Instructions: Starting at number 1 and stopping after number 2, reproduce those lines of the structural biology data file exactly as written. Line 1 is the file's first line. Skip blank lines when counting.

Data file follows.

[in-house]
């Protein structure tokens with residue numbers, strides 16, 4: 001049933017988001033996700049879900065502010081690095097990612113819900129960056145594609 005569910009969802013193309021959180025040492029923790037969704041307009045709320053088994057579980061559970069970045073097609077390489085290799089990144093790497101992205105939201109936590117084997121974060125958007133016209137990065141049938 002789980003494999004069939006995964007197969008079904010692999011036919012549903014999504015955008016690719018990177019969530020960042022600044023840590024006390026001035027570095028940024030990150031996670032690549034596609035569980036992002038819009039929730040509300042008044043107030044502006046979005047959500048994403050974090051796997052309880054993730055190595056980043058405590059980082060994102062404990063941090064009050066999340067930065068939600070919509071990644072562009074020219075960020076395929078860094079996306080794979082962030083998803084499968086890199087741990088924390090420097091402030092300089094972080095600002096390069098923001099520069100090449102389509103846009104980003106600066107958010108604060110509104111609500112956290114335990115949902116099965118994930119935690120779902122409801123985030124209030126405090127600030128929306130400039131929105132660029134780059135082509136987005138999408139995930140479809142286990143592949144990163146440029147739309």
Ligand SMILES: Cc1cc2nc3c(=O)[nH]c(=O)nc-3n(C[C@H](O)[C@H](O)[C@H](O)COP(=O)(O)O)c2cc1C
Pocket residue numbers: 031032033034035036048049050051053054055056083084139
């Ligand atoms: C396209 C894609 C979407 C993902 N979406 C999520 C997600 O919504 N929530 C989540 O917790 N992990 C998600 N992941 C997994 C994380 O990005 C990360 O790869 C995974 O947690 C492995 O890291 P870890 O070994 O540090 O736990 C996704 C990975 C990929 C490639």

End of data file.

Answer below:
[in-house]
């Protein structure tokens with residue numbers, strides 16, 4: 001049933017988001033996700049879900065502010081690095097990612113819900129960056145594609 005569910009969802013193309021959180025040492029923790037969704041307009045709320053088994057579980061559970069970045073097609077390489085290799089990144093790497101992205105939201109936590117084997121974060125958007133016209137990065141049938 002789980003494999004069939006995964007197969008079904010692999011036919012549903014999504015955008016690719018990177019969530020960042022600044023840590024006390026001035027570095028940024030990150031996670032690549034596609035569980036992002038819009039929730040509300042008044043107030044502006046979005047959500048994403050974090051796997052309880054993730055190595056980043058405590059980082060994102062404990063941090064009050066999340067930065068939600070919509071990644072562009074020219075960020076395929078860094079996306080794979082962030083998803084499968086890199087741990088924390090420097091402030092300089094972080095600002096390069098923001099520069100090449102389509103846009104980003106600066107958010108604060110509104111609500112956290114335990115949902116099965118994930119935690120779902122409801123985030124209030126405090127600030128929306130400039131929105132660029134780059135082509136987005138999408139995930140479809142286990143592949144990163146440029147739309």